Following the release of the TTI report and additional field testing, TxDOT awarded three contracts to Zachry Construction where the EMC SQUARED System stabilizer products were selected and successfully installed by the contractor without any reported problems and extremely positive reviews. Nine years later Mr. Abel Ortiz, a Project Manager for Zachry Construction Corporation in the Dallas-Fort Worth area, conducted a study after years of observing the field performance of these three projects while managing the construction of other major highway projects in the area. He reported that the pavements constructed over the subgrades stabilized with the EMC SQUARED System products were obviously performing better than the pavements constructed over other subgrade options (cement, fly ash and lime). He also provided the names of other lead Zachry staff involved in these projects that he conferred with during this study regarding their experience with the EMC SQUARED System stabilizer products, including their Corporate Quality Control Manager, their Corporate Project Controls Director, a Vice President and Project Manager, and two Dirt Superintendents responsible for EMC SQUARED Stabilizer installations. In summary, he reported “The consensus at Zachry is that when we applied the EMC SQUARED System stabilization treatment at our projects in Dallas, we found that it provided a stable working platform at a reduced cost over conventional stabilization methods and without any significant application challenges. Visiting the projects several years later (twelve years after highway construction) confirmed to me that the pavements placed over EMC SQUARED System stabilization treatments are performing better than the pavements placed over conventional stabilizer products.”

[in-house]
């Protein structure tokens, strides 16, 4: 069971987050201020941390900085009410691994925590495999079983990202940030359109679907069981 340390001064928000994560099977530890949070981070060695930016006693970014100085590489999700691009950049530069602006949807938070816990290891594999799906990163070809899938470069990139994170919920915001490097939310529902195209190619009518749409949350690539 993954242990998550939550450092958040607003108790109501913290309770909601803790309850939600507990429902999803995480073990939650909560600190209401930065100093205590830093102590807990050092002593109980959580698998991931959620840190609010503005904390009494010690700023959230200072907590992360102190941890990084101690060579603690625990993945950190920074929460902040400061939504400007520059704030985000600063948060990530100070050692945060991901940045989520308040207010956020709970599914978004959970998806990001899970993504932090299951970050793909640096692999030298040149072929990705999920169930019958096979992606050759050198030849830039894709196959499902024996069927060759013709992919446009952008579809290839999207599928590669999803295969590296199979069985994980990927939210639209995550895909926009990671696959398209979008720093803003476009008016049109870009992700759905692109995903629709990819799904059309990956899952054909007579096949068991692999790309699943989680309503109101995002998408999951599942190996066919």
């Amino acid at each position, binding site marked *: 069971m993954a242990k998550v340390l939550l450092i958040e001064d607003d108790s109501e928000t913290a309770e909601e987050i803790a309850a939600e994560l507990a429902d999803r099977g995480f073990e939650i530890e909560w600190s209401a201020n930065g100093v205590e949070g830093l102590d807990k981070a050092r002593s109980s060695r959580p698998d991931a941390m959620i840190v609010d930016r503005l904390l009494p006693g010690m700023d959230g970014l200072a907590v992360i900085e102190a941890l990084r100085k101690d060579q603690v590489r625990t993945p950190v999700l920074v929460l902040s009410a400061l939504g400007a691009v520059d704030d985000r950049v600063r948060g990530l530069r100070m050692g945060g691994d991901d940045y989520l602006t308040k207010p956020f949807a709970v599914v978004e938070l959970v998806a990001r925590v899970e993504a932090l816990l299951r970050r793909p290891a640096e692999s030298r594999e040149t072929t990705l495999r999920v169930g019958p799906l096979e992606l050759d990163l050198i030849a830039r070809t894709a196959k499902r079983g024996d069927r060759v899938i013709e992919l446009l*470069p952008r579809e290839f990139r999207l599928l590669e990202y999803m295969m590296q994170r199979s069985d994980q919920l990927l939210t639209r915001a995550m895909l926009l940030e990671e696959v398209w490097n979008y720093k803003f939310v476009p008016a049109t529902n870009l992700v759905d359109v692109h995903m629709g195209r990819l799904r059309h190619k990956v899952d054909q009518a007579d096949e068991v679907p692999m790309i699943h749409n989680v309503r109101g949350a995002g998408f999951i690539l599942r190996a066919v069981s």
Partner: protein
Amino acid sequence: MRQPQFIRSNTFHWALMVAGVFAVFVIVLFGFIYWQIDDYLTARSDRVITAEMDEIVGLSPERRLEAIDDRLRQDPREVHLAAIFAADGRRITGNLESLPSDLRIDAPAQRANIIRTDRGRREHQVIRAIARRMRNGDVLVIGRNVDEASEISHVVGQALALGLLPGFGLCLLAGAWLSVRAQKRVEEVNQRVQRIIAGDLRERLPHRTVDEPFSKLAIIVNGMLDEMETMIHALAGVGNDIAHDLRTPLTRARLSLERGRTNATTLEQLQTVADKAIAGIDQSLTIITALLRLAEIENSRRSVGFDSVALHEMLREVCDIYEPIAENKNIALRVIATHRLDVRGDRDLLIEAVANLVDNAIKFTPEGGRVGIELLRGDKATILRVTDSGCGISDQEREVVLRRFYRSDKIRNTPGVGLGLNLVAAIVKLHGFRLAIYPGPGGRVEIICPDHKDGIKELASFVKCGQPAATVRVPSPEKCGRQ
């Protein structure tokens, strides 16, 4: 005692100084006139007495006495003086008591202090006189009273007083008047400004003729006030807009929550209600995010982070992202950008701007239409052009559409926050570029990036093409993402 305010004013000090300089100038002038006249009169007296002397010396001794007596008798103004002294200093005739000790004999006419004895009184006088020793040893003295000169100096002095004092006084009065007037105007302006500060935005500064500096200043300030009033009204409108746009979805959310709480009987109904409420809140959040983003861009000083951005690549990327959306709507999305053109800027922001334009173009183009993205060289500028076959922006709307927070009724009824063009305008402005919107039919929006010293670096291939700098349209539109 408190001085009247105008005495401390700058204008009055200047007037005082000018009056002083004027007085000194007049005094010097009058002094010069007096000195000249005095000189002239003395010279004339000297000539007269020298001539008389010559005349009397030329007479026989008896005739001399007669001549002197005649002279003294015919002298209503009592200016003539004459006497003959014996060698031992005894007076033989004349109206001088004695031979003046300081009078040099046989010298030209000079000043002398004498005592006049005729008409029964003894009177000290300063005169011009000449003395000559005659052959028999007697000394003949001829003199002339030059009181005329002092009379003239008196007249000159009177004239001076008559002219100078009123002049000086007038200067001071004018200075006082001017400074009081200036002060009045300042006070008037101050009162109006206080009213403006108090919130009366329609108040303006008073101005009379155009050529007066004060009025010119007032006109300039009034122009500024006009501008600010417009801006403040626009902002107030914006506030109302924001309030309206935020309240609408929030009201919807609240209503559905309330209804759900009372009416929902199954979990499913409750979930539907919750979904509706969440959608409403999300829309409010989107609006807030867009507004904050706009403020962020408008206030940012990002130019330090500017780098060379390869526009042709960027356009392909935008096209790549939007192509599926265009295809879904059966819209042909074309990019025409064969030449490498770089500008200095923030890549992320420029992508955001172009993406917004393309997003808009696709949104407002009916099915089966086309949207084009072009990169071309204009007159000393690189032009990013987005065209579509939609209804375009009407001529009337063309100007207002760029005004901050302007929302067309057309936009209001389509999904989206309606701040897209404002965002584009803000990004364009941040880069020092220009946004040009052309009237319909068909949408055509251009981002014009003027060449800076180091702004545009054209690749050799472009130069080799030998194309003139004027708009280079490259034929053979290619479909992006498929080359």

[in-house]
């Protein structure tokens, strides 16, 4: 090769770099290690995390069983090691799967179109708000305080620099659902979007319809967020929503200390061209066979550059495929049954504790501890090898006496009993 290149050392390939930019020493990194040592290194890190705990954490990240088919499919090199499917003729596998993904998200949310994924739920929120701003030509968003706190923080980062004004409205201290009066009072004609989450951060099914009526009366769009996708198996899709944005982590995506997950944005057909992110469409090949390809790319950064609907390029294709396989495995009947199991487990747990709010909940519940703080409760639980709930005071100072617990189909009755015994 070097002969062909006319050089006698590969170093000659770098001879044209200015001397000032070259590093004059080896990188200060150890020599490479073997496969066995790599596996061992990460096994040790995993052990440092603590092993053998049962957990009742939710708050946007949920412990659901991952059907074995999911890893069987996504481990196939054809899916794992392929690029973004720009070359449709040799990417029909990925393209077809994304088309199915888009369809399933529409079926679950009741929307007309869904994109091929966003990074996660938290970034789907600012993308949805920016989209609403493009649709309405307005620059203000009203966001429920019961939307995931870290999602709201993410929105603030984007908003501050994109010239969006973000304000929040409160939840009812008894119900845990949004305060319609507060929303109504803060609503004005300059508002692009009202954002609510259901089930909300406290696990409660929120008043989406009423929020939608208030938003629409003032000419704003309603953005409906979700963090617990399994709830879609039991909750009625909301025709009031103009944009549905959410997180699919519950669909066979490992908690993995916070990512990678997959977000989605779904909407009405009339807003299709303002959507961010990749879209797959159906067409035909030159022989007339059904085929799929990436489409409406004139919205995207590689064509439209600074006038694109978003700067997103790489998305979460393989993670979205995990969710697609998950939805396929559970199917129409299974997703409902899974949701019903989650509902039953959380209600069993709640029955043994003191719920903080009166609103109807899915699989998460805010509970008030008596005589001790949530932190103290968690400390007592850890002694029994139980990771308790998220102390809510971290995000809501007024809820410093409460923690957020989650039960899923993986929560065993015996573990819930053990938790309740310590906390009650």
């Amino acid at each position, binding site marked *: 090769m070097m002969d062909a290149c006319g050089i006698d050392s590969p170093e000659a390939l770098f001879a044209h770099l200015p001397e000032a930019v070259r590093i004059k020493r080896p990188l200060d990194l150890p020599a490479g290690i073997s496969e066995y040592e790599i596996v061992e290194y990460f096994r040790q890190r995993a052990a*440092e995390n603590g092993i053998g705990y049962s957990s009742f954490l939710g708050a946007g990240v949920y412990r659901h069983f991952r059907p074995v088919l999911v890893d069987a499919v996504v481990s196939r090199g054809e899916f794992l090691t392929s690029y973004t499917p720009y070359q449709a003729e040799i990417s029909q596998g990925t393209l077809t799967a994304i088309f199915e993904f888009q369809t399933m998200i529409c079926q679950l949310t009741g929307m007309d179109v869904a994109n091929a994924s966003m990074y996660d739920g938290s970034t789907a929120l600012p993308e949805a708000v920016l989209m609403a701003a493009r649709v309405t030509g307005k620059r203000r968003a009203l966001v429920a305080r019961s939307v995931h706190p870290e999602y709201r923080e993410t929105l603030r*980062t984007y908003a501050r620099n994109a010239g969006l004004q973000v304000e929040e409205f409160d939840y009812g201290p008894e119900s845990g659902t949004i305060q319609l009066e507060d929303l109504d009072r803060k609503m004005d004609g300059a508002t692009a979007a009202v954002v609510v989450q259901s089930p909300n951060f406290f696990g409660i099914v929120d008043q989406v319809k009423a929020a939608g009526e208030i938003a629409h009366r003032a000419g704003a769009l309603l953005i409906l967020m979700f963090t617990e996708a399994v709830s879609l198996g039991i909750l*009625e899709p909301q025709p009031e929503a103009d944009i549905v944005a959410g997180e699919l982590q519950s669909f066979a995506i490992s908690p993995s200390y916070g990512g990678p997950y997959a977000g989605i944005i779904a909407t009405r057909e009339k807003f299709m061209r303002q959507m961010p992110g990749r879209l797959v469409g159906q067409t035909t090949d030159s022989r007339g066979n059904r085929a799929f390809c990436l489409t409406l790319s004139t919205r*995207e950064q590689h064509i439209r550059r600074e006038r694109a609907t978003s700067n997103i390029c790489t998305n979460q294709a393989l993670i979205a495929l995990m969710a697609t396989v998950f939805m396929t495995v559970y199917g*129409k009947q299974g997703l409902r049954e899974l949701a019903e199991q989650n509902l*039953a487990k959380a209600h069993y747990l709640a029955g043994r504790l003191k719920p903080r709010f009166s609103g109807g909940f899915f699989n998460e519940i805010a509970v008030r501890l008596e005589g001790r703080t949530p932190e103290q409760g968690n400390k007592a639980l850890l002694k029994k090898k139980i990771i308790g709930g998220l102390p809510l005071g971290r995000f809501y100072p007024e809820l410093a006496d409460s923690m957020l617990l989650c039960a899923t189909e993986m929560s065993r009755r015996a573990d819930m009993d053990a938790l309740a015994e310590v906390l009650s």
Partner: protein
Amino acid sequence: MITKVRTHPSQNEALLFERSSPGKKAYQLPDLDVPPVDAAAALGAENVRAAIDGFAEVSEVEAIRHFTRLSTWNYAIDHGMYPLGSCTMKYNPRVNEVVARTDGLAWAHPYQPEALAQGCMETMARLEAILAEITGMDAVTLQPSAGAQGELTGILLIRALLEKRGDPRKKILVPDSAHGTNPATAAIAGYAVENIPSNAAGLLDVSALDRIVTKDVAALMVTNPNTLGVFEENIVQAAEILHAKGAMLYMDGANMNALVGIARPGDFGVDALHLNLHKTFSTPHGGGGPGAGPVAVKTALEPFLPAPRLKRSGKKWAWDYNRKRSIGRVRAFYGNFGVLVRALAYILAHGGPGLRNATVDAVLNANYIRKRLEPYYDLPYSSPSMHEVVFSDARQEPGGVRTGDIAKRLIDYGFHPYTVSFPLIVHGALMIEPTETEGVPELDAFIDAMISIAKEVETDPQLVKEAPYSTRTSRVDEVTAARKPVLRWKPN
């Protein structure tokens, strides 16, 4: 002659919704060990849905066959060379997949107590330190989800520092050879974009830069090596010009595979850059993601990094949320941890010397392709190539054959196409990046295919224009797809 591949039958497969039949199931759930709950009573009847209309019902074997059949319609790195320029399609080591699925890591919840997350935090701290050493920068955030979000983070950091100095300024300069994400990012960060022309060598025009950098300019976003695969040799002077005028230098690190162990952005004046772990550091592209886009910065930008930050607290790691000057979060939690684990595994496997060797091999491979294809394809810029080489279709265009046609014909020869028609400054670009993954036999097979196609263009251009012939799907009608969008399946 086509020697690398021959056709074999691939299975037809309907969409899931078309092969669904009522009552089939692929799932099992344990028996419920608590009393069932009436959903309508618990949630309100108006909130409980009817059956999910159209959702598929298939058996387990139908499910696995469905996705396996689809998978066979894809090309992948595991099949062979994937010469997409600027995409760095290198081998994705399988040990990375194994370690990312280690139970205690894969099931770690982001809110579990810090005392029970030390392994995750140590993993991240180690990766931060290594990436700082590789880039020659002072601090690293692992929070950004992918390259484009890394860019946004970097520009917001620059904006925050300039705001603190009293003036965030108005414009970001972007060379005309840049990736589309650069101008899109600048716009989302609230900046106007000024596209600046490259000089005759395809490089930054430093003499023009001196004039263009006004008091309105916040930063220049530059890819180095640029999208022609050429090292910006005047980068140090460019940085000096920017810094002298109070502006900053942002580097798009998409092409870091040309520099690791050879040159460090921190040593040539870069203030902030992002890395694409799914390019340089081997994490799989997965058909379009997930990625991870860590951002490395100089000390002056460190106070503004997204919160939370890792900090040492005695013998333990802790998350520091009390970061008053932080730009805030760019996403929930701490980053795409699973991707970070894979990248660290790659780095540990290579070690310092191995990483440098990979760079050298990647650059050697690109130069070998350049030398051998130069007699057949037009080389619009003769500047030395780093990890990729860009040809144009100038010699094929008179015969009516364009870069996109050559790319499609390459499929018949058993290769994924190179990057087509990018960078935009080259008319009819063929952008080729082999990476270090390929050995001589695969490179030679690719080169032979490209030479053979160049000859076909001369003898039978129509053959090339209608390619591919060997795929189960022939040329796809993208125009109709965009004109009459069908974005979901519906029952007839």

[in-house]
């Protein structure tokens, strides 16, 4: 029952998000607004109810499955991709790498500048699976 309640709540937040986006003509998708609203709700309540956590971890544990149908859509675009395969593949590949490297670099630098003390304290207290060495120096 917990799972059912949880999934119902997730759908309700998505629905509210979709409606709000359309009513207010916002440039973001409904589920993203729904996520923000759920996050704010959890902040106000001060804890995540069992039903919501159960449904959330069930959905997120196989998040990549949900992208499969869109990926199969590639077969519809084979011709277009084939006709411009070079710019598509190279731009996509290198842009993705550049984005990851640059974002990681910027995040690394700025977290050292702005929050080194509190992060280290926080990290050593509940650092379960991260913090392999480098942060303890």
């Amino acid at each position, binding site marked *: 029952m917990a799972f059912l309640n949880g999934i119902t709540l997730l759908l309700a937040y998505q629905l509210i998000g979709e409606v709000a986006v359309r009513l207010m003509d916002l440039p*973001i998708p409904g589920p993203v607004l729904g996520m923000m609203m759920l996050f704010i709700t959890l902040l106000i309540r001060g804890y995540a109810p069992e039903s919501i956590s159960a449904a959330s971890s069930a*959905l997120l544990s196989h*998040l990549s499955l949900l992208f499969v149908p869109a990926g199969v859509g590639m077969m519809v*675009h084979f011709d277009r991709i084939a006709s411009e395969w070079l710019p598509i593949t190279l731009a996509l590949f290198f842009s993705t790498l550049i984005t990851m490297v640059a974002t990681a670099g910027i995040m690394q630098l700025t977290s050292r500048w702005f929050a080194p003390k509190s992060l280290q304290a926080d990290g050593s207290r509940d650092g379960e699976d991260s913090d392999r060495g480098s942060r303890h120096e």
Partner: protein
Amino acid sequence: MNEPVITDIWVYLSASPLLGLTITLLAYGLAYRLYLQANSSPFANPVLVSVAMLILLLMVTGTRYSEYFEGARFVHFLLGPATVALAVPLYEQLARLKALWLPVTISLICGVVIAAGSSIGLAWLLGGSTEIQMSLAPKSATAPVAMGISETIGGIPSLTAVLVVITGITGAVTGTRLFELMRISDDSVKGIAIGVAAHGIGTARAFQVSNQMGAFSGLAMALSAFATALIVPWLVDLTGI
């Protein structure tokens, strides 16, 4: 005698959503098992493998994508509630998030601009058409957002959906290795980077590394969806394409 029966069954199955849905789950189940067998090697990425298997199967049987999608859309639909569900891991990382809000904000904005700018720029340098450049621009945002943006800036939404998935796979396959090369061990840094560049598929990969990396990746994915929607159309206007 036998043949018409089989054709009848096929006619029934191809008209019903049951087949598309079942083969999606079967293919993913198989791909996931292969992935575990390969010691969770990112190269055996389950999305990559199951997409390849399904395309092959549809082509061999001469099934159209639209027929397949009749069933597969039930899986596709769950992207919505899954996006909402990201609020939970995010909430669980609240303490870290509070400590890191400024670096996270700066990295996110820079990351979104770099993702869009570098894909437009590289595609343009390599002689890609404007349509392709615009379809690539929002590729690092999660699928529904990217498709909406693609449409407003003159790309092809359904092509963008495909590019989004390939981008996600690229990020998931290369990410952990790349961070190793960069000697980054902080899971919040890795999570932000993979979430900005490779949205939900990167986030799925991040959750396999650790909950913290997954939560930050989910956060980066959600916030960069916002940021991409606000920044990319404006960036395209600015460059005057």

Zachry Construction is not alone among contractors that have seen EMC SQUARED System stabilizers outperform cement, fly ash and lime products at a much lower cost and with improved productivity. For more information on the EMC SQUARED highway projects constructed in the Dallas-Fort Worth area by Zachry Construction and other heavy highway contractors, see https://stabilizationproducts.net/docs/18468.pdf

Reporting From The Transportation Research Engineer

The current national and international field testing standard for evaluating pavement performance is the International Roughness Index, or IRI. The U.S. DOT’s Federal Highway Administration (FHWA) requires all state department of transportation organizations to conduct field testing of their federally funded highway networks on an annual basis and report their IRI results. The Austin area office of transportation research engineering firm Applied Research Associates, Inc. (ARA), was responsible for analyzing and reporting the annual IRI test results for the Dallas area highway projects under the jurisdiction of the Texas Department of Transportation (TxDOT) and the North Texas Tollway Authority (NTTA). ARA was subsequently tasked with summarizing the IRI test results for the pavements constructed above subgrade soils stabilized with the EMC SQUARED System stabilization treatments, and reporting on the condition of the pavements approximately eighteen years after the stabilization and highway construction work was completed. Five of these highway projects were constructed without major drainage problems affecting the performance of the pavement structural sections and evaluated in Synthesis Summary of Projects in Dallas, Texas – Use and Performance of Advanced Soil Stabilization, ARA Report No. 003563-1, as summarized at right. In spite of the famously problematic soil conditions in this area of Texas, the IRI ratings for these sections of highway all remained in the GOOD classification and the average Surface Condition was reported as EXCELLENT. The study was conducted by Harold Von Quintus, P.E., ARA’s Principal Transportation Engineer who has previously served as a Principal and Co-Principal Investigator on various projects sponsored by the FHWA, NCHRP and other transportation agencies as well as being a participant in research studies associated with the implementation of Mechanistic- Empirical (ME) Pavement Design.